Vertical markets and online selling. Vertical markets, or “verticals,” are business niches where vendors serve a specific audience and their set of needs. Vertical markets are increasingly being served via ecommerce businesses because of the minimal overhead and ability to reach a worldwide audience.
By contrast, a horizontal market has a focus that reaches a wide array of individuals, regardless of their industry or particular niche. Online businesses commonly engage verticals in targeted marketing or outreach campaigns.
For example: an online store that sells specialised rope gloves — targeted at specific set of racing yachtsmen — constitutes a business aimed at a vertical market. Each department within such a company, such as Youth and Adult, can also be considered narrower vertical market. More commonly verticals refer to specialist hobbies, chandlery to sailors, bikes to cyclists, skiwear, saddlery, fishing tackle etc.
Why defining vertical markets is beneficial for both consumers and merchants
From a customer’s perspective, identifying vertical markets simplifies their shopping process and offers them a business that specialises on serving their specific need.
Other advantages of verticals include:
- From an advertising perspective, vertical markets are preferred because they allow for the creation of a single unified advertising effort that can be instituted across the board.
- Even businesses prefer verticals, as their existence permits companies to specialise on niche products where they thrive. When a company is allowed to specialise, it can perfect its product or service more easily and dominate the market.
- Specialization often means reduced competition, resulting in the market being able to support a higher price for the particular product or service. While some specialised markets are crowded, businesses usually target verticals where there is an opportunity to innovate and offer something different.
- From a marketing standpoint, less competition translates to quicker and cheaper exposure in organic search results (SEO) and paid keywords.
Factors to consider before entering a vertical market
The primary advantage to verticals can also be the disadvantage: a smaller customer base that may limit the revenue potential. As a business specialises, it can reduce the number of potential customers interested in their products or services. While broader markets can target a large portion of the population, a focused vertical has fewer interested consumers. The key is to find a profitable vertical with growth potential.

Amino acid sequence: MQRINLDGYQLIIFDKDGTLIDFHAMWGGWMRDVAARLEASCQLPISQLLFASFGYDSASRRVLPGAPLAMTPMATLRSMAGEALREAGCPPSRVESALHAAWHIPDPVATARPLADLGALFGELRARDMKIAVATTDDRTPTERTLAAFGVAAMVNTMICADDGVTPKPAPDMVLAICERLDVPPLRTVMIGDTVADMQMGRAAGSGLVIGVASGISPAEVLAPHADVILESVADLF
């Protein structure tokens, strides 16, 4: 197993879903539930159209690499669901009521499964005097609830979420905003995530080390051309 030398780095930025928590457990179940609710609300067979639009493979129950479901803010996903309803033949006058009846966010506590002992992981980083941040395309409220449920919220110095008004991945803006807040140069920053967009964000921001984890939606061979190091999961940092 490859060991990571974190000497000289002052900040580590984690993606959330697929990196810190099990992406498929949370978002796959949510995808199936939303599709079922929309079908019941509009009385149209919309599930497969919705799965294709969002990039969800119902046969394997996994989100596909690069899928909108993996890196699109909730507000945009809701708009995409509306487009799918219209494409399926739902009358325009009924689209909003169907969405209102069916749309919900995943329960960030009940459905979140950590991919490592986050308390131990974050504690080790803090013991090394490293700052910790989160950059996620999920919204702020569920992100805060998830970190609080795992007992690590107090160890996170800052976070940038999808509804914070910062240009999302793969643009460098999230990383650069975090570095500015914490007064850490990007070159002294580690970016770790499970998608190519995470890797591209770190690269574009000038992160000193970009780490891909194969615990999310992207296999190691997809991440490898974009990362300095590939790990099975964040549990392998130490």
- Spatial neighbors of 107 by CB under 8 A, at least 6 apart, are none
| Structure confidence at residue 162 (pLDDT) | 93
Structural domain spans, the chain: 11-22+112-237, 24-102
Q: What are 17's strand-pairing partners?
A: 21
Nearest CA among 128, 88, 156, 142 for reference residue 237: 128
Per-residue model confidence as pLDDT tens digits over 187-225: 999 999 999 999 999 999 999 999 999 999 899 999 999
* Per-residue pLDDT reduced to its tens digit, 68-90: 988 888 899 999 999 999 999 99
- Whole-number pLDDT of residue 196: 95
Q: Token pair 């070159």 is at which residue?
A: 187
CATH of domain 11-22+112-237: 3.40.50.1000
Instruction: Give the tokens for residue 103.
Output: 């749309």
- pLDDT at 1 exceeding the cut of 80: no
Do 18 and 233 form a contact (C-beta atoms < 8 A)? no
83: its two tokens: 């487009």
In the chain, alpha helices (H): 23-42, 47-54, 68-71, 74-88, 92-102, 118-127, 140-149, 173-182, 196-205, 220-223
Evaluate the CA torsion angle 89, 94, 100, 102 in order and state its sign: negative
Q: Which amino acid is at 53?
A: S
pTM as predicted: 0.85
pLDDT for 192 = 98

The positive is a higher than average degree of loyalty and affinity with the retailer of those products. Companies like Snow and Rock, Ellis Brigham and The North Face enjoy a respect rarely experienced by horizontal marketers, being on a rock face in Himilayas is not the place to be thinking about returning goods because they don’t work. Therefore to be able to rely on product testing and selection by the retailers becomes a two way street, as in “You look after me and I’ll always buy from you.” Beware the fickle consumer though, as they may offer this but rarely limit it to one supplier. Verticals usually are mirrored by specialist vertical press. An ad from an esteem alternate supplier can persuade even the most devout customer.
To head this off personalised product selection solutions, using predictive analytics technologies like SwiftERM, identify consumer’s future behaviour ranking every SKU by greatest likelihood of that individual consumer to purchase from all the SKUs you have listed, in order of greatest likely buying propensity. In other words, the ones they love best.
Another potential downside of verticals is the risk factor: if the specialised market decreases in size, the business will suffer. Some specialised verticals go out of fashion or get replaced by products from another vertical. Therefore, the intricacies of the vertical should be studied before the business specialises. An accurate assessment of the space is necessary to determine if the business should operate in such a specialised niche.
With a thorough business plan and comprehensive understanding of the market, an online business can enter — or expand to — a vertical market and enjoy immediate success.